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Soccer World Cup | Visiting Qatar, Minister Sajjan avoids discussing human rights



(OTTAWA) International Development Minister Harjit Sajjan is facing opposition criticism for failing to make a public statement on human rights during his visit to Qatar for the World Cup. soccer world.

“If we don’t raise the issue of human rights when we are in countries where we know human rights abuses are taking place, we have no moral authority,” the NDP spokeswoman said. on foreign affairs, Heather McPherson.

Mr. Sajjan attended the World Cup on behalf of the Trudeau government, as the Canadian men’s team competed there for the first time in years. He met with US Secretary of State Antony Blinken and local officials.

Yet Sajjan’s social media posts make no mention of the host country’s mistreatment of migrant workers — which are documented — or of the emirate’s anti-LGBTQ policies.

These concerns have led some broadcasters and players to sport armbands that read “One Love”. The German team meanwhile covered their mouths when their official photo was taken.

Sajjan’s office responded that he was unavailable Thursday for comment as he returned to Canada.

Labor Minister Seamus O’Regan, who is gay, said he felt split on the issue.

I’ll be honest, it’s very divisive. I encourage my team, I encourage my country and (I only want) the best. But I will tell you that it is a bit difficult.

Seamus O’Regan, Minister of Labor

Mr O’Regan added that he could not speak on Mr Sajjan’s behalf, but noted that the government had expressed concerns about Qatar before the event began.

“We know exactly where we are; we made our displeasure clear,” he said.

The NDP had called for a diplomatic boycott of the soccer World Cup.

“This government has once again shown that it does not really care about human rights,” added McPherson.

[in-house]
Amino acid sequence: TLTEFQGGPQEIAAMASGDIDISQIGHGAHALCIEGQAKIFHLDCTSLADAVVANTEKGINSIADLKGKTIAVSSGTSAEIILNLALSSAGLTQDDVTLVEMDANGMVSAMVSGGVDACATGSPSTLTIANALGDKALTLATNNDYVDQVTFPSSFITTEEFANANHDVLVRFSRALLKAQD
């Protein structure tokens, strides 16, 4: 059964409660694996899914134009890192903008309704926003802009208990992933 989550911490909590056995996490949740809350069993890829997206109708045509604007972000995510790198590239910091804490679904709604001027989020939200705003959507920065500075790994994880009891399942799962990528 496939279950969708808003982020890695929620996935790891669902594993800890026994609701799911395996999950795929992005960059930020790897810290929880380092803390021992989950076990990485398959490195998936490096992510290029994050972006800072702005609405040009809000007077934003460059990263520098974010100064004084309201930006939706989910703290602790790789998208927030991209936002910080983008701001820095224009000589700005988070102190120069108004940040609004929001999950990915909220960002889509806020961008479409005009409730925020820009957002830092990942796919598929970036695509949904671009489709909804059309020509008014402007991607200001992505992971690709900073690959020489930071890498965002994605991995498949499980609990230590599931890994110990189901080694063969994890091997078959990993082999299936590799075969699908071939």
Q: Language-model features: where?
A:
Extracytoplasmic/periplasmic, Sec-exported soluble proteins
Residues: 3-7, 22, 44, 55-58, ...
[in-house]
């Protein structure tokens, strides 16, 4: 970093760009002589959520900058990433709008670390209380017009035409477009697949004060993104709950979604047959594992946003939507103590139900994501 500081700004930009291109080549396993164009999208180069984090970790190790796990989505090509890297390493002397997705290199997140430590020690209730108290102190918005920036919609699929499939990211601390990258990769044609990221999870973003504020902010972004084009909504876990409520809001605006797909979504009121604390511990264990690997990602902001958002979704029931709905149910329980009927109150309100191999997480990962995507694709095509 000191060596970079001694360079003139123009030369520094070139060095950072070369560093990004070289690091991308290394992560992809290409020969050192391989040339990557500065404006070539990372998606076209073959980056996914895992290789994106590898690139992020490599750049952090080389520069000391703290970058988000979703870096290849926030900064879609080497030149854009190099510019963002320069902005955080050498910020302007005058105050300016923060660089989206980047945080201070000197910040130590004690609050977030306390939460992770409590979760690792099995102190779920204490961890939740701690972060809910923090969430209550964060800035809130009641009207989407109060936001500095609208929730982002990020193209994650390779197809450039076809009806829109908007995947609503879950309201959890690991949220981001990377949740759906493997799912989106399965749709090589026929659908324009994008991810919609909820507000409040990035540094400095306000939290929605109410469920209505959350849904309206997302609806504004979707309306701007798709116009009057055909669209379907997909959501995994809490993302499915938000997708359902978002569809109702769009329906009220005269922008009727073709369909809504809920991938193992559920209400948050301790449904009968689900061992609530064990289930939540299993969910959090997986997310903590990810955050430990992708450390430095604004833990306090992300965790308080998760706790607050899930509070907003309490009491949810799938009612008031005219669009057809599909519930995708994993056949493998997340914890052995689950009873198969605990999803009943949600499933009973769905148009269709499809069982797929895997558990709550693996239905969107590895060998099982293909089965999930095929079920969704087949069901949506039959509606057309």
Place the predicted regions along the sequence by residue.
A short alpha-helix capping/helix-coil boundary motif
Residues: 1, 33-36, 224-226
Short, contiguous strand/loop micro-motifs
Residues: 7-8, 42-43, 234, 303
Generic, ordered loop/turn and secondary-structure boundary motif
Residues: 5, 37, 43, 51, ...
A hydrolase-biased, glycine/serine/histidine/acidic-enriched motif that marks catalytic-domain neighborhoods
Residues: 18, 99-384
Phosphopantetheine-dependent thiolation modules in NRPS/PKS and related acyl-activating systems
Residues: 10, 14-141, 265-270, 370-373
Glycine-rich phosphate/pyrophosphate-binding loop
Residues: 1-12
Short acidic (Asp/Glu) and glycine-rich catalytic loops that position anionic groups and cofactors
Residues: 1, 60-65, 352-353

On Monday, MPs passed a unanimous motion condemning the International Federation of Association Football (FIFA) for threatening to sanction players who wore ‘One Love’ armbands. The motion argued that “international sports institutions have a moral obligation to support players and fans in advancing the fight for equality and against homophobia, transphobia and all forms of discrimination in sport”.

The captains of several European teams have scrapped plans to wear a ‘One Love’ armband after soccer’s governing body FIFA warned they would face on-field sanctions.

Qatari media also said some fans wearing rainbow outfits were denied entry to stadiums.

This month, Amnesty International chastised Soccer Canada for its “deafening silence” on the thousands of workers, mostly from South Asia, Southeast Asia and Africa, who “have been victims of abuse work, extremely low wages and other forms of exploitation”.

Soccer Canada issued a statement last month supporting the ongoing reforms, but avoided criticizing the emirate.

Amnesty noted that peer federations in Britain, the United States, France and the Netherlands have all endorsed calls for the creation of a compensation fund for migrant workers who were mistreated during the Qatar’s preparation for the World Cup.

The Tories did not comment directly on Mr. Sajjan’s actions. Instead, MP Michael Chong said his party preferred the World Cup to be hosted by countries with better reputations, citing a bid by Ukraine to co-host the 2030 tournament with Spain and Portugal. .

“Conservatives condemn in the strongest terms all human rights abuses around the world and stand ready to work with our democratic allies to support human rights,” Chong wrote in a statement.

The Bloc Québécois had also called for a diplomatic boycott and deplored Mr. Sajjan’s presence in Qatar. “Canada has no excuse to turn a blind eye to human rights abuses,” MP Martin Champoux wrote on Twitter on Monday.

During the 2008 Olympics in Beijing, the Liberals urged the Harper government to raise the issue of human rights in China.

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